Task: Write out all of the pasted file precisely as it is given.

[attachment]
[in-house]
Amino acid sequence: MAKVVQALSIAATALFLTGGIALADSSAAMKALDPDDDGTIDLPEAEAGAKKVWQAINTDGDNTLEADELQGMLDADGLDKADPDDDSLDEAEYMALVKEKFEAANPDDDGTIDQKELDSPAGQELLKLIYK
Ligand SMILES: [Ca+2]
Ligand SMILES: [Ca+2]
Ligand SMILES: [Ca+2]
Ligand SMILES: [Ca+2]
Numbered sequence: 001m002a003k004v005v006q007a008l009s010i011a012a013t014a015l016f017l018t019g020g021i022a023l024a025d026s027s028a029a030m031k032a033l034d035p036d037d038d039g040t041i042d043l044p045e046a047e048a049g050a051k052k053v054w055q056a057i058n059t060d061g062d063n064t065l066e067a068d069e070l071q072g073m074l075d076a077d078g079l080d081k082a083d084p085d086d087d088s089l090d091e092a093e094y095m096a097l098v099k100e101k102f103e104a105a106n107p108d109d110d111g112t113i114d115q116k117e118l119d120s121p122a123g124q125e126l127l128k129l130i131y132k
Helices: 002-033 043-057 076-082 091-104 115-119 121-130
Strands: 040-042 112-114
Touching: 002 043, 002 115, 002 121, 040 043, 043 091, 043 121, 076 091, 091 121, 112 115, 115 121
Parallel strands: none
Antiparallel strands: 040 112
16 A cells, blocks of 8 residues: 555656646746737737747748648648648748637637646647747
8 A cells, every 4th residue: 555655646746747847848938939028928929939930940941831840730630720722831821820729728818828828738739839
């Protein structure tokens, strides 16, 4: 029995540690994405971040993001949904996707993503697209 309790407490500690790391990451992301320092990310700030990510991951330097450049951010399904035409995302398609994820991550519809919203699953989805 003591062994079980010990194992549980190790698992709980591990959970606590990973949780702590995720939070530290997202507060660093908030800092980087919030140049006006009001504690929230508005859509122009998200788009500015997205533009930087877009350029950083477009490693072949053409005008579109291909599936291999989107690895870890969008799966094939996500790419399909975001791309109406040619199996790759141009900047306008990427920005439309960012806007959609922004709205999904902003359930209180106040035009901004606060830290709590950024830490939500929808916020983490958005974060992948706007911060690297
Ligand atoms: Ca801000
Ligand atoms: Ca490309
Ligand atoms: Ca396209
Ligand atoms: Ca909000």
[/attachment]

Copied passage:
[in-house]
Amino acid sequence: MAKVVQALSIAATALFLTGGIALADSSAAMKALDPDDDGTIDLPEAEAGAKKVWQAINTDGDNTLEADELQGMLDADGLDKADPDDDSLDEAEYMALVKEKFEAANPDDDGTIDQKELDSPAGQELLKLIYK
Ligand SMILES: [Ca+2]
Ligand SMILES: [Ca+2]
Ligand SMILES: [Ca+2]
Ligand SMILES: [Ca+2]
Numbered sequence: 001m002a003k004v005v006q007a008l009s010i011a012a013t014a015l016f017l018t019g020g021i022a023l024a025d026s027s028a029a030m031k032a033l034d035p036d037d038d039g040t041i042d043l044p045e046a047e048a049g050a051k052k053v054w055q056a057i058n059t060d061g062d063n064t065l066e067a068d069e070l071q072g073m074l075d076a077d078g079l080d081k082a083d084p085d086d087d088s089l090d091e092a093e094y095m096a097l098v099k100e101k102f103e104a105a106n107p108d109d110d111g112t113i114d115q116k117e118l119d120s121p122a123g124q125e126l127l128k129l130i131y132k
Helices: 002-033 043-057 076-082 091-104 115-119 121-130
Strands: 040-042 112-114
Touching: 002 043, 002 115, 002 121, 040 043, 043 091, 043 121, 076 091, 091 121, 112 115, 115 121
Parallel strands: none
Antiparallel strands: 040 112
16 A cells, blocks of 8 residues: 555656646746737737747748648648648748637637646647747
8 A cells, every 4th residue: 555655646746747847848938939028928929939930940941831840730630720722831821820729728818828828738739839
């Protein structure tokens, strides 16, 4: 029995540690994405971040993001949904996707993503697209 309790407490500690790391990451992301320092990310700030990510991951330097450049951010399904035409995302398609994820991550519809919203699953989805 003591062994079980010990194992549980190790698992709980591990959970606590990973949780702590995720939070530290997202507060660093908030800092980087919030140049006006009001504690929230508005859509122009998200788009500015997205533009930087877009350029950083477009490693072949053409005008579109291909599936291999989107690895870890969008799966094939996500790419399909975001791309109406040619199996790759141009900047306008990427920005439309960012806007959609922004709205999904902003359930209180106040035009901004606060830290709590950024830490939500929808916020983490958005974060992948706007911060690297
Ligand atoms: Ca801000
Ligand atoms: Ca490309
Ligand atoms: Ca396209
Ligand atoms: Ca909000």